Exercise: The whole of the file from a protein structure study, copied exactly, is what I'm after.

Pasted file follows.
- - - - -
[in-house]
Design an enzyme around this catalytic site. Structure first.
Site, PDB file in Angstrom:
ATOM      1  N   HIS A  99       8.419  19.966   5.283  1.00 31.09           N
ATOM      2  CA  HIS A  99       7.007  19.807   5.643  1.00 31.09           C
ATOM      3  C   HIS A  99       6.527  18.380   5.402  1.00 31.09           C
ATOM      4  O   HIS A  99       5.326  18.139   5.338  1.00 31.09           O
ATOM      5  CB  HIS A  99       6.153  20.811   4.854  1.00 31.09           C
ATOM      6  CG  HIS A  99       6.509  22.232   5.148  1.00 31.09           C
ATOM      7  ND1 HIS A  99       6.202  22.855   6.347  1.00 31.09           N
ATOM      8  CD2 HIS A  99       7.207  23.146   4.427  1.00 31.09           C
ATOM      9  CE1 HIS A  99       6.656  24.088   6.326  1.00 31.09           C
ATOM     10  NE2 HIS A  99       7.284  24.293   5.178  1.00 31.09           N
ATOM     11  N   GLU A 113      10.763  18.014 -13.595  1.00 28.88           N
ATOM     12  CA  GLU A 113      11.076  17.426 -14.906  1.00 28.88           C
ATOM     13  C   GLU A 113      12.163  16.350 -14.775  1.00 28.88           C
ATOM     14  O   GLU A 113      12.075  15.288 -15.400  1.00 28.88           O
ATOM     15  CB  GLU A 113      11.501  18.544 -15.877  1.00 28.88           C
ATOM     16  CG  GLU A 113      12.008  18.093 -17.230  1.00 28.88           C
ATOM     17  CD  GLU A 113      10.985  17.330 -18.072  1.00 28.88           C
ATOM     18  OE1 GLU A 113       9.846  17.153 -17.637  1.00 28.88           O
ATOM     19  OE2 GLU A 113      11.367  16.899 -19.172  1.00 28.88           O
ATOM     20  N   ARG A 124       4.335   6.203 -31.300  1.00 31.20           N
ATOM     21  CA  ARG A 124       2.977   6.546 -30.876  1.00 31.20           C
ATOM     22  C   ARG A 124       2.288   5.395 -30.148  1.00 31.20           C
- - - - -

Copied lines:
[in-house]
Design an enzyme around this catalytic site. Structure first.
Site, PDB file in Angstrom:
ATOM      1  N   HIS A  99       8.419  19.966   5.283  1.00 31.09           N
ATOM      2  CA  HIS A  99       7.007  19.807   5.643  1.00 31.09           C
ATOM      3  C   HIS A  99       6.527  18.380   5.402  1.00 31.09           C
ATOM      4  O   HIS A  99       5.326  18.139   5.338  1.00 31.09           O
ATOM      5  CB  HIS A  99       6.153  20.811   4.854  1.00 31.09           C
ATOM      6  CG  HIS A  99       6.509  22.232   5.148  1.00 31.09           C
ATOM      7  ND1 HIS A  99       6.202  22.855   6.347  1.00 31.09           N
ATOM      8  CD2 HIS A  99       7.207  23.146   4.427  1.00 31.09           C
ATOM      9  CE1 HIS A  99       6.656  24.088   6.326  1.00 31.09           C
ATOM     10  NE2 HIS A  99       7.284  24.293   5.178  1.00 31.09           N
ATOM     11  N   GLU A 113      10.763  18.014 -13.595  1.00 28.88           N
ATOM     12  CA  GLU A 113      11.076  17.426 -14.906  1.00 28.88           C
ATOM     13  C   GLU A 113      12.163  16.350 -14.775  1.00 28.88           C
ATOM     14  O   GLU A 113      12.075  15.288 -15.400  1.00 28.88           O
ATOM     15  CB  GLU A 113      11.501  18.544 -15.877  1.00 28.88           C
ATOM     16  CG  GLU A 113      12.008  18.093 -17.230  1.00 28.88           C
ATOM     17  CD  GLU A 113      10.985  17.330 -18.072  1.00 28.88           C
ATOM     18  OE1 GLU A 113       9.846  17.153 -17.637  1.00 28.88           O
ATOM     19  OE2 GLU A 113      11.367  16.899 -19.172  1.00 28.88           O
ATOM     20  N   ARG A 124       4.335   6.203 -31.300  1.00 31.20           N
ATOM     21  CA  ARG A 124       2.977   6.546 -30.876  1.00 31.20           C
ATOM     22  C   ARG A 124       2.288   5.395 -30.148  1.00 31.20           C